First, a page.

Organizations that aren’t using data to inform their business
strategies are missing out on a huge competitive edge. In the past,
only the biggest corporations with huge budgets could afford to use
big data in their decision-making. Now, companies can’t afford not to.
When we talk about data analytics in business, however, there are
actually several different types of analytics, depending on the
intended purpose of the data. Predictive analytics, which plays a key
role in business strategy, is used in nearly every industry to plan
long-term strategy and minimize risks.
The Core of Predictive Analytics
is predictive analytics, anyway? Basically, the term refers to
the use of historical data to predict future organizational/market
conditions or customer behavior. While predictive analytics can’t say
with one hundred percent certainty that something will or will not
occur, it works using probability to estimate how likely something is
to happen. By using a combination of data mining techniques,
statistical modeling, and machine learning, predictive analytics can
present different theoretical scenarios and help leaders understand
what actions to take—or not to take.
At its core, predictive analytics helps businesses to manage risks
while increasing chances of success. In the past, many organizations
relied on the intuition and experience of organizational leadership
alone to create long-term strategies and to make key business
decisions. Today, that wisdom is supplemented with tools like
Predictive Analytics Benefits
Predictive analytics can help companies to maintain a competitive
edge. In today’s crowded marketplace, it’s important to use every
available tool to stay competitive.
Depending on the organization, there are many
different benefits predictive analytics can offer. A bank can
use predictive analytics to determine who gets a loan and at what rate
to manage their risk, while retailers can use it in product ordering
to predict demand. Predictive analytics can even be used to set prices
and to detect potential fraud, maximizing profits and minimizing losses.
Organizations use predictive analytics because it acts as a strong
starting point for strategy and decision-making. It’s easier to move
forward with confidence if you can see the probability and precedent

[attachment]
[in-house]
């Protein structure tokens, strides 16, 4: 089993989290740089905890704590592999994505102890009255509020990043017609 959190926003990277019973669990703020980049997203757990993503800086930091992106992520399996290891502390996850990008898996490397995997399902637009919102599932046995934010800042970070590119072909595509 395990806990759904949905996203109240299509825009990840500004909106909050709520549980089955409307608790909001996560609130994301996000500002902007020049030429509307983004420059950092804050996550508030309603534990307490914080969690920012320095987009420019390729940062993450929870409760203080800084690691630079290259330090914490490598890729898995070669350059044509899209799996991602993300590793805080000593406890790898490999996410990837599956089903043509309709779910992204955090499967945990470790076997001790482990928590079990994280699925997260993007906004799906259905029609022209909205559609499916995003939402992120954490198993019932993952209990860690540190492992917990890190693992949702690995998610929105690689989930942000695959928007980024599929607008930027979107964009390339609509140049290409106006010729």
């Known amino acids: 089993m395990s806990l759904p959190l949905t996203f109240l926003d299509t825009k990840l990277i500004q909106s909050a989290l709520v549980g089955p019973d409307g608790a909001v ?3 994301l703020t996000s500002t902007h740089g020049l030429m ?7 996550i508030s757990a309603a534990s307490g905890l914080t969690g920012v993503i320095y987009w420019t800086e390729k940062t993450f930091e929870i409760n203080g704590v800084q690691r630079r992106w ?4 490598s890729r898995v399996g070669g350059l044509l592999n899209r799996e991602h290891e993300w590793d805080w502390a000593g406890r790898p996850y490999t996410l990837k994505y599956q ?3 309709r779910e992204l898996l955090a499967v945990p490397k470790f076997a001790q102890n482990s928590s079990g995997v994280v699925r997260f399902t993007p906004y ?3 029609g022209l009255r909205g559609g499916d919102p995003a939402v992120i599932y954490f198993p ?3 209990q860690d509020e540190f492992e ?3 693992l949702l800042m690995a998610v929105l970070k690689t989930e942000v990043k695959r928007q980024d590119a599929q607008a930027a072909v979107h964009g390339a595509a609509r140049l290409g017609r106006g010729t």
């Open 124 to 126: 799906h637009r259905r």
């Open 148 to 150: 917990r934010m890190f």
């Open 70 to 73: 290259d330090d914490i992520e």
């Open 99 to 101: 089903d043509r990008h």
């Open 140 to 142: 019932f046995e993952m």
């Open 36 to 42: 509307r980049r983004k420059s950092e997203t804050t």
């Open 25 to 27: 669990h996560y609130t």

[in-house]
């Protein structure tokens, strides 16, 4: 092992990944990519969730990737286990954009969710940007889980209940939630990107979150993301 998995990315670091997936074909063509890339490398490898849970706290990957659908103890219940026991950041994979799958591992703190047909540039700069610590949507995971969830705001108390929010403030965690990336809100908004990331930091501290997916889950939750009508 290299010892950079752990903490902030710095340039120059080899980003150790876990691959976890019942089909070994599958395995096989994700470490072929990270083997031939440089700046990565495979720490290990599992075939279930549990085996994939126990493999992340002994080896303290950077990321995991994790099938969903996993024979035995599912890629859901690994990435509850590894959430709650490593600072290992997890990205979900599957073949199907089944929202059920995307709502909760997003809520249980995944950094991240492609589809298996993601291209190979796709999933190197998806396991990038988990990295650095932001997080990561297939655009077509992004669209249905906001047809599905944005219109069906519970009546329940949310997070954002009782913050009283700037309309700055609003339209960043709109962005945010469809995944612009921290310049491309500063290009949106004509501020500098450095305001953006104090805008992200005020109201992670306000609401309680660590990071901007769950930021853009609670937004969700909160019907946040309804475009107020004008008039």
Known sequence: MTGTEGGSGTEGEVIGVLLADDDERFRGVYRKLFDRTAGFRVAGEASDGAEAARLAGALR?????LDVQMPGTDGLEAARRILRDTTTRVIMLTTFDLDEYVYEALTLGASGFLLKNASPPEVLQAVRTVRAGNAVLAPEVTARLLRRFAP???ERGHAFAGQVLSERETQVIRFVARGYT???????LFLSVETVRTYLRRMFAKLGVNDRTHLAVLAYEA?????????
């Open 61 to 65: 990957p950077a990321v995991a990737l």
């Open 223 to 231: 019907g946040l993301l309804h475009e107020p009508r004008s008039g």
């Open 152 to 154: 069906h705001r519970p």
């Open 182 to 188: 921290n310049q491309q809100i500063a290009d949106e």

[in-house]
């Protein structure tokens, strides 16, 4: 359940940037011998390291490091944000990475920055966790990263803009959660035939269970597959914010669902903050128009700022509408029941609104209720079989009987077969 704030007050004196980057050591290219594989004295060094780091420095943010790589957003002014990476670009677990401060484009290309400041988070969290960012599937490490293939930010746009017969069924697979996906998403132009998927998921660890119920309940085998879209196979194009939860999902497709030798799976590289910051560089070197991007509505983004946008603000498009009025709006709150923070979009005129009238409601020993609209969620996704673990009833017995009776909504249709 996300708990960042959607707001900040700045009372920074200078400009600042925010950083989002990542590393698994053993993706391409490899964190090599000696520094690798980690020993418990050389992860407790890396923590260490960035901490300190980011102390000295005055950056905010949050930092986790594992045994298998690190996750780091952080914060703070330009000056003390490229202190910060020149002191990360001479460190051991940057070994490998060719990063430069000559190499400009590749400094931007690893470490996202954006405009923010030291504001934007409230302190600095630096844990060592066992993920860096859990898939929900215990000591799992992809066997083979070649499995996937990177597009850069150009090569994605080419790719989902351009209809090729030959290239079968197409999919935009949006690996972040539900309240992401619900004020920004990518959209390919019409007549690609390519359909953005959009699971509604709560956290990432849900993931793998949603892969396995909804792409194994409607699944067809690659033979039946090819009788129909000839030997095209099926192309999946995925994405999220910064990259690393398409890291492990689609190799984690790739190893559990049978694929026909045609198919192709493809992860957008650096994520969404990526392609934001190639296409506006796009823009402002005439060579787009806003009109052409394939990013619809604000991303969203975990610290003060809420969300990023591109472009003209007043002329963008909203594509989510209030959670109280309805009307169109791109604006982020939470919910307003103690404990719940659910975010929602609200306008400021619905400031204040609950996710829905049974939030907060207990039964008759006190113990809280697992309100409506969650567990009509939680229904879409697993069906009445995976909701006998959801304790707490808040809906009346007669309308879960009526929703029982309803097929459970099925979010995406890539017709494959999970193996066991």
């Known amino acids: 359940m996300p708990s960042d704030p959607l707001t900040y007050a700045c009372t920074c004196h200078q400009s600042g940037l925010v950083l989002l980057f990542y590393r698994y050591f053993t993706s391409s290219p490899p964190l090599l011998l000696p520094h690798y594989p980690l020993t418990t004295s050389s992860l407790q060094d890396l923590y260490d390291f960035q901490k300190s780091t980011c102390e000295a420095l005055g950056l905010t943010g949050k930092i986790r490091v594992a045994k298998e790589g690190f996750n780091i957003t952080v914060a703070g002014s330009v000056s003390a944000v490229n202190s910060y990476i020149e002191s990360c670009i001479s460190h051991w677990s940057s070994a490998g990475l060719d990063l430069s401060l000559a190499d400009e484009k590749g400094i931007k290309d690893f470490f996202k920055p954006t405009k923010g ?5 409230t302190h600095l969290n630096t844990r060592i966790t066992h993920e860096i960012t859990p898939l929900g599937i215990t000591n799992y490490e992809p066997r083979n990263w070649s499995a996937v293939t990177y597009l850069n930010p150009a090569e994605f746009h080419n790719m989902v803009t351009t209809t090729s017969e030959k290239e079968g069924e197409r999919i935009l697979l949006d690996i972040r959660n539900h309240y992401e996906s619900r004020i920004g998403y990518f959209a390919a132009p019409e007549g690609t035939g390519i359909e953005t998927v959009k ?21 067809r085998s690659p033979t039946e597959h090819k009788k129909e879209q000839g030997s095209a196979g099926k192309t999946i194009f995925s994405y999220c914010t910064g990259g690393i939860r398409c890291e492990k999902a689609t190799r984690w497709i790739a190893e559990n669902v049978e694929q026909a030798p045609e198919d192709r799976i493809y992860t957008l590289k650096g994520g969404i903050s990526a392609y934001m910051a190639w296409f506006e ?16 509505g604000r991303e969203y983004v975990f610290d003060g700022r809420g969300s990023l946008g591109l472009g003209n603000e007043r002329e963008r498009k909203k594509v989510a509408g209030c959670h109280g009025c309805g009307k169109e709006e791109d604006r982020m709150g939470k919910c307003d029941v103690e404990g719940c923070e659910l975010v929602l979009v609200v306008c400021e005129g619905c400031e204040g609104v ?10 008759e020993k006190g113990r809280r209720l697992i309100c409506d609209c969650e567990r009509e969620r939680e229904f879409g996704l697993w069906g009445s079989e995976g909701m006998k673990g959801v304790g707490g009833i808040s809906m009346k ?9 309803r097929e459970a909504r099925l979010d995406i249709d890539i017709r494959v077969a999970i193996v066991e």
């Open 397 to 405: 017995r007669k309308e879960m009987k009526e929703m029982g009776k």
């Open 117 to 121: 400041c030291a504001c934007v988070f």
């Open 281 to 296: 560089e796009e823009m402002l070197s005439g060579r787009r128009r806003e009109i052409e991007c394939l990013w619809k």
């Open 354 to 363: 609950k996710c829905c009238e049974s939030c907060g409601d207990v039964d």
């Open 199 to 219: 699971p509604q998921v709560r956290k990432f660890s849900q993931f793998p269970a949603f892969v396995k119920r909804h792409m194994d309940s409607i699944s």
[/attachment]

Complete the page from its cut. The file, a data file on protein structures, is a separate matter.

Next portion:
for what you’re doing in the data. It also allows organizations to
justify their strategies to shareholders and employees, and to learn
from past mistakes.
How Predictive Analytics Can Help Improve Business Performance
There are so many applications for predictive analytics that it would
be hard to find a business that couldn’t benefit from using this tool.
At the very least, companies can use the technology to predict how
effective their marketing campaigns will be.
Marketing is the backbone of revenue in nearly every business, and
keeping an organization’s return on investment (ROI) high is key for
healthy business performance. Business
analytics can help companies perform better over time, using past
campaign performance to predict future success and failure.
Organizational leaders and marketers can continually improve their
business performance by using predictive analytics consistently and
tweaking their approach according to the models.
Looking to Implement Predictive Analytics? Here’s Where to Start
If your organization hasn’t yet begun to use predictive analytics,
then you might be feeling overwhelmed and unsure of how
to get started. The good news is that the technology is more
accessible than ever and there are lots of predictive analytics
resources out there to help you.
The first step in leveraging your company’s data is to figure out
what your goals for predictive analytics are. You need a clear purpose
in using this tool or it will fall short of your expectations.
Where could your business improve? Are your ads and marketing
campaigns falling short? Are you wasting resources? Are you taking too
many gambles in your strategy? Find a problem you need to solve and
see if predictive analytics could give you the answers.
Once you have your goal, you can start collecting the data you’ll
need. It’s important to be specific in the type of data you’re using
to ensure that the probability will be as accurate as possible. You
should already be collecting data from different sources, but it’s
important to segment the data you’ll need for analysis.
Predictive analytics might require an investment in personnel and/or
software, but it can be well worth it in the end. Remember, it’s not
enough to predict the future—you have to act on it. Adapt your
strategy based on your findings to ensure that your business
performance only improves over time!